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Baking Kit List

Updated: Jan 25, 2020

A few bits and pieces I would recommend that will make baking with smalls that bit easier and reduce the mess. You can click on the pics to buy, but you can also get similar items in most supermarkets, pound shops and kitchen stores. They don't have to be expensive bit of kit. Places like Morrisons and Wilko often have surprisingly good baking kit.


Beginner's Kit

The essential bits you need to get started if you are totally new to baking and your kit cupboard is bare.


Set of mixing bowls. Of course, you can use any bowls, Tupperware, pans, receptacle of your choice. I keep almost all plastic food containers and wash them out to use for holding ingredients and sprinkles. They key is having a few things that are big enough to hold several ingredients of a bake at once and are nice and wide for your small one to scoop things out of or in to. Bowls that nest like these are also a bonus as they take up less room in your cupboard.



Spoon Measures. Almost every recipe you use will have measurements in teaspoons and tablespoons. Often these are the of the most crucial ingredients like baking powder or bicarbonate of soda. Wrong amounts of these are often responsible for baking disasters. The easiest and most accurate way to measure is a set of spoon measures. I find the stainless steel ones more hard wearing and we also like to use them in imaginative play, water play and in sand and rice.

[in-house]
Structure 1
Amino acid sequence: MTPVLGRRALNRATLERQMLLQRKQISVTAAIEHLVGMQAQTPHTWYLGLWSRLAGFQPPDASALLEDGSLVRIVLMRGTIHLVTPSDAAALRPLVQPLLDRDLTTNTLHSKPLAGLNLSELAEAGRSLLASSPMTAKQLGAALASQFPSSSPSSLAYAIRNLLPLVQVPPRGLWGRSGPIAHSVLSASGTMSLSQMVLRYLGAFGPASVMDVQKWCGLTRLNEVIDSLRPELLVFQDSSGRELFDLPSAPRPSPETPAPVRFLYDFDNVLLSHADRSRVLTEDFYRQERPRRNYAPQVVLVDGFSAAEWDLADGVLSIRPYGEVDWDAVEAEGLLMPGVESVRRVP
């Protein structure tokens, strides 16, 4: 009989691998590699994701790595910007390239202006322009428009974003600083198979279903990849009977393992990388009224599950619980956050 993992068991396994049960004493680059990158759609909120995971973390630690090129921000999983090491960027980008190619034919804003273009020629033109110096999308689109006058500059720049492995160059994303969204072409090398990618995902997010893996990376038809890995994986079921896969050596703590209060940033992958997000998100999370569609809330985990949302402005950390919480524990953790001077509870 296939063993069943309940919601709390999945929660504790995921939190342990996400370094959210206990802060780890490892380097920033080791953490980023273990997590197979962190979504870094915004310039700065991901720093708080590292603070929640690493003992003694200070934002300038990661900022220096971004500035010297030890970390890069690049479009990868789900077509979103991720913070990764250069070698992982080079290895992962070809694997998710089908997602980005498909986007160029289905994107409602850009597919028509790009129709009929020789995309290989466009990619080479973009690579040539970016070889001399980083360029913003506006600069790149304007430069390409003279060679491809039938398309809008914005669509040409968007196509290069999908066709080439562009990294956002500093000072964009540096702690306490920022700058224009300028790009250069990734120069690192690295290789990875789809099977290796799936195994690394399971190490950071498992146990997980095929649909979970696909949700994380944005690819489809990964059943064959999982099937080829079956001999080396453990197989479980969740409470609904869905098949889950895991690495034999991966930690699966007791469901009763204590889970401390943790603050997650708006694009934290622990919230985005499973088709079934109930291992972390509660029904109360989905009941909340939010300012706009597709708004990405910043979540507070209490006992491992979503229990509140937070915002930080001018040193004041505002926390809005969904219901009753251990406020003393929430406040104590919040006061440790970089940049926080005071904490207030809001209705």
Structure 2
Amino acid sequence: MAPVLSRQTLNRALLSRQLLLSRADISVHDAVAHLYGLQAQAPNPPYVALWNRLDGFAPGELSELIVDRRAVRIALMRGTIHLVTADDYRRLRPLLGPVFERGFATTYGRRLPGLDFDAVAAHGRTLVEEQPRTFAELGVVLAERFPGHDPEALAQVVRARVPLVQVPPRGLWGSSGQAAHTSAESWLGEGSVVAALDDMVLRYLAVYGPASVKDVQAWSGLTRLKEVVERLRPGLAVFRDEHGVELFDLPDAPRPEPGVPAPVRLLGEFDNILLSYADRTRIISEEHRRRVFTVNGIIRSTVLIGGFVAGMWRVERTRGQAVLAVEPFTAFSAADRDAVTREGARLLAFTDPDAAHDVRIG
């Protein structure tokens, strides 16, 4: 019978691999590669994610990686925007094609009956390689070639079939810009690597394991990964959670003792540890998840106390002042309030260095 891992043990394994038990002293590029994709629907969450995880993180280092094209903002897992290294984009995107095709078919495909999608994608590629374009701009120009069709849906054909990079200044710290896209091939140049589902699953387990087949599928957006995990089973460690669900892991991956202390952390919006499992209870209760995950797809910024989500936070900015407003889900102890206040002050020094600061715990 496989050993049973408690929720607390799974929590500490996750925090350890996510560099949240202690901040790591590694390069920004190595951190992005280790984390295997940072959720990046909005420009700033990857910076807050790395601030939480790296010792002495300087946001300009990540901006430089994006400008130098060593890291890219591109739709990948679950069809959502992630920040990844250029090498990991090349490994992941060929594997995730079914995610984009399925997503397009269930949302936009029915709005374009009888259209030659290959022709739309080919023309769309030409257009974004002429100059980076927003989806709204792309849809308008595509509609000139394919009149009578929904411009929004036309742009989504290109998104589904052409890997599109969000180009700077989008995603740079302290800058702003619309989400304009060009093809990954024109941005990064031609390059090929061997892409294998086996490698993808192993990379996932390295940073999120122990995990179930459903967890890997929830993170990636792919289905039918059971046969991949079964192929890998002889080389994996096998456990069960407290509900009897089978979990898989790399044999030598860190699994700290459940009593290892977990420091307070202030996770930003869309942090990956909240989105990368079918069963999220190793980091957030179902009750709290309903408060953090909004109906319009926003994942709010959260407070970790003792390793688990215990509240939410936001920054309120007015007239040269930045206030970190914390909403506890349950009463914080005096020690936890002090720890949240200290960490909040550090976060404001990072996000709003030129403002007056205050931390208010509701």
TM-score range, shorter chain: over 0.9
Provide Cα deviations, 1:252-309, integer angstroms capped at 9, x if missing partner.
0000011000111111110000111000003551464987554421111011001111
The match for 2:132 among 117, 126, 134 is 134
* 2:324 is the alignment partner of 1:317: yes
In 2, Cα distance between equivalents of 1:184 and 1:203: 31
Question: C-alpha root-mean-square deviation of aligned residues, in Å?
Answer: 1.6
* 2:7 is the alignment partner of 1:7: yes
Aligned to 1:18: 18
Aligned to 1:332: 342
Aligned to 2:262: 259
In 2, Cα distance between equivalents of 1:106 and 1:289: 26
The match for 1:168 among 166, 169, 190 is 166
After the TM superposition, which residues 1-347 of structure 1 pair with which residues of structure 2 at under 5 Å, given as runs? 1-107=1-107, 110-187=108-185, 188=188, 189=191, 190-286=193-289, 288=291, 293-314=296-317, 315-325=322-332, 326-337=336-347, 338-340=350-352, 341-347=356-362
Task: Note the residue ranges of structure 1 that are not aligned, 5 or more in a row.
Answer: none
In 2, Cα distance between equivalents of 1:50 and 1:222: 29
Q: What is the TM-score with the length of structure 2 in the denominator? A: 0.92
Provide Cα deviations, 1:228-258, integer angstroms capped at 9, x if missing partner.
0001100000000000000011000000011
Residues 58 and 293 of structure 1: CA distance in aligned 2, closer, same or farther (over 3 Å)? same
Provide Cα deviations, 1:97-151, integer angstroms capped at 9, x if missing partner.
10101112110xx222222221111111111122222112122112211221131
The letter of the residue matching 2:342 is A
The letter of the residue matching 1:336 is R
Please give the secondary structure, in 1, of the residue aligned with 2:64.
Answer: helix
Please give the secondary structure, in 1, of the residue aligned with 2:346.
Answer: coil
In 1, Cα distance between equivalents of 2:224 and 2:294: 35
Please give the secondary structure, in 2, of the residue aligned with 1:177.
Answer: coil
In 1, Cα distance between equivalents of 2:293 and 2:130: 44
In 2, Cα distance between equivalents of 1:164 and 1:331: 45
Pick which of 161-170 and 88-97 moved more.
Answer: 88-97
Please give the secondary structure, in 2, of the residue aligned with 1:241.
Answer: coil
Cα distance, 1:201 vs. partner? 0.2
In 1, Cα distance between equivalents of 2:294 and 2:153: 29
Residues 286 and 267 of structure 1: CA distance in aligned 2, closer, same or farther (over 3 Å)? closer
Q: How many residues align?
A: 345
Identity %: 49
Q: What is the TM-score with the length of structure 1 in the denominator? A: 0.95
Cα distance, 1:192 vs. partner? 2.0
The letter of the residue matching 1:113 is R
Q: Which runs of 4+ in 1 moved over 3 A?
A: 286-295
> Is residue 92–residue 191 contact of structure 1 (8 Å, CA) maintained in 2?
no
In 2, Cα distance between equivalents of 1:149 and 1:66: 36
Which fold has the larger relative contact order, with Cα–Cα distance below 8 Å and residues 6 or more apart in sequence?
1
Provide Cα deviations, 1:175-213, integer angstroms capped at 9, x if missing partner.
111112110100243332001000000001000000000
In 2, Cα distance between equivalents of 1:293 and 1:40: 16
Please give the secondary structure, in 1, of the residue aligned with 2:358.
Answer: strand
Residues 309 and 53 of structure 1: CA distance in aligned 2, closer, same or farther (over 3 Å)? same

High sided scoops. Much like the kind you get at the pick & mix counter. Often they're sold as pet food scoops! I found ours in out local kitchen shop, but they're pretty easy to come across. If your little one likes to scoop and pour the ingredients, a set of these will let them add ingredients to the bowl with much less mess that a spoon. I use ours for all sorts. They're great for sensory and water play too.



Measuring cup set. It used to be that these were only useful if you had American recipe books where, but this way of weighing out is more common these days. Lots of easily googled recipes etc. If you have a little one who does like to measure out, then letting them scoop the right number of cups from a big bowl of one ingredient is much easier and less messy than trying to weigh up the old fashioned way and still good for numeracy.



A set of basic biscuit cutters. These fluted scone cutters are brilliantly multi-functional. The frilly side can used to make pretty biscuits, flower shapes, lion heads, curly haired face biscuits and more. Turn them upside down and use the straight edge for circles, wheels, balloons, faces. the list is endless. These will cut fondant icing too, obviously can make scones, be used with play-dough for pretend baking and also great for colour sorting games!


An old baby bottle is great for pre measuring liquids. It's easy for a small hand to hold and tip into a bowl. Less spillage than with a jug.







A basic set of cake pans and baking trays. The key to not getting overwhelmed when baking with smalls is not over baking. Your family isn't going to eat 24 cupcakes or a 25cm cake in one weekend. Keep it small. Keep it simple. 15cm cake pans are big enough for a nice Victoria Sponge or a three tier party cake. Buy springform. The clasp on the side makes cakes super easy to get out.